The regulation of Sox3 function in zebrafish embryonic development

Lam, Chi Man (2016) The regulation of Sox3 function in zebrafish embryonic development. PhD thesis, University of Nottingham.

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Embryogenesis in vertebrates is regulated by highly complicated signaling networks, which involve various signaling pathways and factors. Sox3 is known to have critical roles during the whole of embryonic development in vertebrates. In zebrafish, it has been shown that Sox3 restricts organizer formation as well as inhibiting Fgf signaling, which is required for the expression of organizer genes. On the other hand, SUMOylation has been suggested to be a regulator of the transcriptional activity of Sox3. The SUMOylaton has previously been demonstrated on mouse Sox3 and chick Sox3.

In this study, I examined the role and regulation of Sox3 in early embryogenesis in zebrafish. In the first part of the study, I inspected the detailed expression of gsc and chd, in comparison to foxd3 expression. It was demonstrated that Sox3 and Fgf signaling could repress both gsc and chd independently from each other. Sox3 was also found to be able to directly act on the promoter region of gsc. In the second part of the study, it was shown that the SUMOylation of Sox3 appeared to occur in zebrafish embryos. The SUMOylation of Sox3 was also shown to correlate with the chromatin fraction, although there was a very small fraction of Sox3 SUMOylated. The biological effect of SUMOylation of Sox3 has also been analysed. It was shown that SUMOylation of Sox3 could enhance the transcriptional repressor activity of Sox3. The result of luciferase reporter assay on the promoter region of boz also suggested that SUMOylation eliminated the transcriptional activator activity of Sox3. These data raise the possibility that SUMOylation of Sox3 might act as the switch from a transcriptional activator to a repressor.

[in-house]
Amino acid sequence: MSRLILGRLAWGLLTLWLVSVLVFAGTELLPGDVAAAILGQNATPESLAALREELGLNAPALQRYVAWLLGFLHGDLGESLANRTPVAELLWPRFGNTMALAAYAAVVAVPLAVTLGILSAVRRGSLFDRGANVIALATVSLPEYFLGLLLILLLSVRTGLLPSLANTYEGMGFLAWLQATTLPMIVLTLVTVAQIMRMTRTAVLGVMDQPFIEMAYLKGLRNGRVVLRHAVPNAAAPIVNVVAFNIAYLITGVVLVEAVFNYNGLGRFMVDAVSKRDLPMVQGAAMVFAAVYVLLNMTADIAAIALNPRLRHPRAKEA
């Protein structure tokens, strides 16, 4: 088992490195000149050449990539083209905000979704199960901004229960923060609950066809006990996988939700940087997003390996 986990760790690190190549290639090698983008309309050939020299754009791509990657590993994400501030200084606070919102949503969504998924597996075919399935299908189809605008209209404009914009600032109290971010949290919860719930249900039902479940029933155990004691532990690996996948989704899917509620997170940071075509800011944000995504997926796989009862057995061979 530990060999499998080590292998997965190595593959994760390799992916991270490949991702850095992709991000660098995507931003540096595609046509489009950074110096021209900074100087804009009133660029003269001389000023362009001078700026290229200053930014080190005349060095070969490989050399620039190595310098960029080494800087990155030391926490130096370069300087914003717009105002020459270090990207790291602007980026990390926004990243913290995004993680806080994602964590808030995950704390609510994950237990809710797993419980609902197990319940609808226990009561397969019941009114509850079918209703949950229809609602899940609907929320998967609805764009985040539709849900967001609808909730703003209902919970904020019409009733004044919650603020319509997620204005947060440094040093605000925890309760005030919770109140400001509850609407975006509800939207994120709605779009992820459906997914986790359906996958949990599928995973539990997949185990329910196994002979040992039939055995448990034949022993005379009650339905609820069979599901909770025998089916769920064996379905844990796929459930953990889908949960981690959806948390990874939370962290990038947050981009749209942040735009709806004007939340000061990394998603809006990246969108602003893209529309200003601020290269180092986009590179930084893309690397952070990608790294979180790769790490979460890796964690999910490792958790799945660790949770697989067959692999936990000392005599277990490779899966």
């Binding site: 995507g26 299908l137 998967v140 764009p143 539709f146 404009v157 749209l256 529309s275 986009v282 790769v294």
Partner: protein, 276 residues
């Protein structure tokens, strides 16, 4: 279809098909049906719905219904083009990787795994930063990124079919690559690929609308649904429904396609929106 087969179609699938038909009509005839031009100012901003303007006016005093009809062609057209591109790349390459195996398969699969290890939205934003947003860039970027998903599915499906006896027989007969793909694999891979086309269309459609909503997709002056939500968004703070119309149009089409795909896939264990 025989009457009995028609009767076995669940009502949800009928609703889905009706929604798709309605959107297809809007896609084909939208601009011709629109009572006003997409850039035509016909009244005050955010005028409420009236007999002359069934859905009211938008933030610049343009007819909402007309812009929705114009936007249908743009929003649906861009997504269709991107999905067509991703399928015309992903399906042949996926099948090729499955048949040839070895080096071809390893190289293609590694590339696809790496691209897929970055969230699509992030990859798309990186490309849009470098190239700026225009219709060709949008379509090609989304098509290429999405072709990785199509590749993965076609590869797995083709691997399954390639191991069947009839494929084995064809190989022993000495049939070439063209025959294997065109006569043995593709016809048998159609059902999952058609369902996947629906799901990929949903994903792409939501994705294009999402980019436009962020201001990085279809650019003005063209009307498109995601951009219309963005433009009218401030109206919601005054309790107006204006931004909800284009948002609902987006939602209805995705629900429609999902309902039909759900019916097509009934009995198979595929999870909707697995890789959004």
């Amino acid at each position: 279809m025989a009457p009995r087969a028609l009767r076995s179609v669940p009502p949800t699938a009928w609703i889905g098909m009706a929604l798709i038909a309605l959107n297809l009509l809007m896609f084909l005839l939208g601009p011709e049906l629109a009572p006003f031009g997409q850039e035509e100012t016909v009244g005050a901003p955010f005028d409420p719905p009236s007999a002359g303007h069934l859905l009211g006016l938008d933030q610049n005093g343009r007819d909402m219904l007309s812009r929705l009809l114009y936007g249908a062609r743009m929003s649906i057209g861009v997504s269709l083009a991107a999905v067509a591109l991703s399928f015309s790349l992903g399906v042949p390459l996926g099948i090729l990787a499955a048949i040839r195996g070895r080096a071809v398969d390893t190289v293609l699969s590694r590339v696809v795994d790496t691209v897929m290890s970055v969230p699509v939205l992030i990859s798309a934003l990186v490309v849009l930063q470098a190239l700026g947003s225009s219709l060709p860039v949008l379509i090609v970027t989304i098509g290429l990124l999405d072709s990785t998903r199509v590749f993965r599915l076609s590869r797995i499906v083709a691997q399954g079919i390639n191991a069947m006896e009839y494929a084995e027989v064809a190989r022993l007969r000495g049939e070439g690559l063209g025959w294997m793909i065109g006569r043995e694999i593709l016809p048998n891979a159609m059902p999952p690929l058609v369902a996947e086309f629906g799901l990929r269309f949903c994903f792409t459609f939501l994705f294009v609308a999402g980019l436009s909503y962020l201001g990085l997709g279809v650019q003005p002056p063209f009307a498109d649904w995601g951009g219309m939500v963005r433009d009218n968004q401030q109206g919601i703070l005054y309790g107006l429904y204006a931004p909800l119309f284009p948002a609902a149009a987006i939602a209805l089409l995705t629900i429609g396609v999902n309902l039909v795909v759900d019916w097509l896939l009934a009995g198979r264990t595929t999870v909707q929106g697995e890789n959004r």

Item Type: Thesis (University of Nottingham only) (PhD)
Supervisors: Scotting, Paul
Hewitt, J.E.
Subjects: Q Science > QP Physiology > QP501 Animal biochemistry
Faculties/Schools: UK Campuses > Faculty of Medicine and Health Sciences > School of Biology
Item ID: 37930
Depositing User: Lam, Chi
Date Deposited: 26 Jan 2017 14:49
Last Modified: 19 Oct 2017 17:16

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